Progressive management capabilities exhibited by “best practices” in leveraging technology and strategic collaboration will constitute the formulary for success and sustainability in the new healthcare business environment.
The effectiveness of management leadership in advancing organizational development in this manner will be essential.
Ignoring the demands of Human Resources and associated management challenges of recruitment and retention
Diminishing government funding
Escalating regulatory intervention
Exposure to risk factors stemming from management and operating deficiencies
Failure to meet mandated practice standards imposed by regulatory compliance and health care reform legislation
CCA has served in business and financial services capacity to a community not-for-profit senior campus provider of skilled nursing and assisted living operations located in Cambridge, MA.
Recent initiatives have included the completion of $20MM in combined recapitalization transactions with a single regional commercial healthcare lender. Proceeds of the transactions were utilized to refinance and retire existing debt obligations through a private placement revenue bond issue and term debt credit facility; early redemption of a prior revenue bond issue; discounted settlement and retirement of multiple subordinated debt obligations; purchase redemption of interests associated with terminating a tax credit partnership; and funding of new endowment and operating reserve accounts for continuing operations.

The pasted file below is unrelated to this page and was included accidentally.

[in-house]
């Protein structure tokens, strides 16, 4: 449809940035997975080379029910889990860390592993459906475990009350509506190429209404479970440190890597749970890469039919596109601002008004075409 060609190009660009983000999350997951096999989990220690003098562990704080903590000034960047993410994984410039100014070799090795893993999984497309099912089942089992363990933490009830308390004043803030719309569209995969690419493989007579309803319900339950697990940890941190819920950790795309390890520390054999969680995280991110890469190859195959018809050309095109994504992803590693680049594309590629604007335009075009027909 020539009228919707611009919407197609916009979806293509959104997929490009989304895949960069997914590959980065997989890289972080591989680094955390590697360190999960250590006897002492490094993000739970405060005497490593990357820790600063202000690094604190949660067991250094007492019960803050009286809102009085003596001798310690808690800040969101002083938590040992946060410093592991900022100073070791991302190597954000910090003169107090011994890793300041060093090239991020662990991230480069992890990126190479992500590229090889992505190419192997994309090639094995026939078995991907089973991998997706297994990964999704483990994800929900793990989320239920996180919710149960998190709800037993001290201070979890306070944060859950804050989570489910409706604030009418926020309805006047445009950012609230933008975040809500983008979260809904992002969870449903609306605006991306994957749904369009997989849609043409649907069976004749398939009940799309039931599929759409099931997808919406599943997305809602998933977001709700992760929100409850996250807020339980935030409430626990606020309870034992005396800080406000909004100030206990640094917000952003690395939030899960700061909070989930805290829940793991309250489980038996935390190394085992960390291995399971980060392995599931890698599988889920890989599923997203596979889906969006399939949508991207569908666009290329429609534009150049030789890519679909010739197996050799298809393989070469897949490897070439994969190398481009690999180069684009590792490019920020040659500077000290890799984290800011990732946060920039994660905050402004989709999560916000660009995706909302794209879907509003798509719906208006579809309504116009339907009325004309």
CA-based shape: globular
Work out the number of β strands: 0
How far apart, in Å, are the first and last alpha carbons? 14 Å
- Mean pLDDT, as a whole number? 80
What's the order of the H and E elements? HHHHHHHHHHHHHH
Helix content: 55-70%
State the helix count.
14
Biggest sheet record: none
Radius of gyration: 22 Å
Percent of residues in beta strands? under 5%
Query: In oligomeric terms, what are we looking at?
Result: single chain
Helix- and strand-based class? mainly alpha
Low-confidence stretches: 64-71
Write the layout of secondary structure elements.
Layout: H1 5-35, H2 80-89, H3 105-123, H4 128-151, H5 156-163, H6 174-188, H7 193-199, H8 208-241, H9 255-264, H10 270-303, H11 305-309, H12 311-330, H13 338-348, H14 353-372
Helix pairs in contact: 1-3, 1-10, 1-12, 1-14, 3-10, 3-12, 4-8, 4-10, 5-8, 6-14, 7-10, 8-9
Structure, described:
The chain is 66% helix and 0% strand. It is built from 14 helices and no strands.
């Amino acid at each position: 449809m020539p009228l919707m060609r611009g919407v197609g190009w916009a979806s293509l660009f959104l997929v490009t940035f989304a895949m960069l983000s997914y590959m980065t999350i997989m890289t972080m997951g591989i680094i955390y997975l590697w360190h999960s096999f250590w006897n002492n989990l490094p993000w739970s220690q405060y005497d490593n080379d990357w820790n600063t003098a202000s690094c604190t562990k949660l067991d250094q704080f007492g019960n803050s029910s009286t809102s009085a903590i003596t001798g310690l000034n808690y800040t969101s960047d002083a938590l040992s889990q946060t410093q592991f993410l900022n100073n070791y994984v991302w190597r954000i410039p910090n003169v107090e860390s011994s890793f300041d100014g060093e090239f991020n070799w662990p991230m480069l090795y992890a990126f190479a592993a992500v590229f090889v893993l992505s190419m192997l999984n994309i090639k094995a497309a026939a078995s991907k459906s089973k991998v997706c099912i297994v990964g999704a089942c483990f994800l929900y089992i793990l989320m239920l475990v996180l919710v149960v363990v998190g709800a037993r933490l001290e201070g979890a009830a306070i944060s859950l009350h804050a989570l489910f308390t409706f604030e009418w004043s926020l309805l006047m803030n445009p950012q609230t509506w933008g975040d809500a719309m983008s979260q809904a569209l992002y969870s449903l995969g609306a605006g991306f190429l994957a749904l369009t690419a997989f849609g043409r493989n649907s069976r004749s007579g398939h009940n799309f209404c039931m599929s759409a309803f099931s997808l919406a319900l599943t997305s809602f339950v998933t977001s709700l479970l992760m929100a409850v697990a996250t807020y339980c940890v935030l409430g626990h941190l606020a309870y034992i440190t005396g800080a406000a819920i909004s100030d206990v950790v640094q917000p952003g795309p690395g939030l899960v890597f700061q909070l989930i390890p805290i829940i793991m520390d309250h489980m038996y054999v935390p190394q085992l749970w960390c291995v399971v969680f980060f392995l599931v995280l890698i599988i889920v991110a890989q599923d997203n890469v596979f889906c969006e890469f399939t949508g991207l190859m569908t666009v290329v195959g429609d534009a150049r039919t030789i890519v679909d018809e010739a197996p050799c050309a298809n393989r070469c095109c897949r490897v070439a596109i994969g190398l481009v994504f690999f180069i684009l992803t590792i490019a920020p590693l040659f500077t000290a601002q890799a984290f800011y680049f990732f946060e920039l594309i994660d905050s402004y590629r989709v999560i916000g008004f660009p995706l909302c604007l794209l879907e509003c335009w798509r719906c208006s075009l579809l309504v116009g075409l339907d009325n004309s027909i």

The resultant transactions materially improve the capital structure of the company through realization of liquid collateral associated with prior debt obligations as well as a material increase in unrestricted net assets represented by the discounted settlement and elimination of subordinated debt. The renewed and strengthened capital structure ideally supports new programming initiatives as well as prospects for emerging fund raising activities for continuing operations.
CENTRAL MASSACHUSETTS – CCA served in a business and financial advisory capacity to a regional multi-facility skilled nursing provider in Central Massachusetts. Recent initiatives have included the introduction of a senior living campus development surrounding its primary skilled nursing property.
To date, CCA has secured $30MM from a regional commercial healthcare lender to fund the initial phases of the campus development. Proceeds of the financing transactions have been dedicated to refinance existing asset interests while completing a major renovation and 40,000 square foot expansion of the skilled nursing property. The full scope renovation extended to reconfiguring all existing units; establishment of substantially all private room accommodations; expanded therapy service areas; replacement kitchen; and improved customization of resident care and common areas. The expanded property allowed for the planned merger of an existing respiratory long-term care program unit operating in a leased property.
Concurrent with the renovation and expansion project, funding was utilized to develop an adjacent new Medical Office Building representing 36,000 square feet of new program space. The MOB is currently occupied by an anchor tenant that provides a wide array of both physician specialty offerings and extensive ancillary services. Continuing initiatives are planned to introduce added senior living product and program presence for the campus.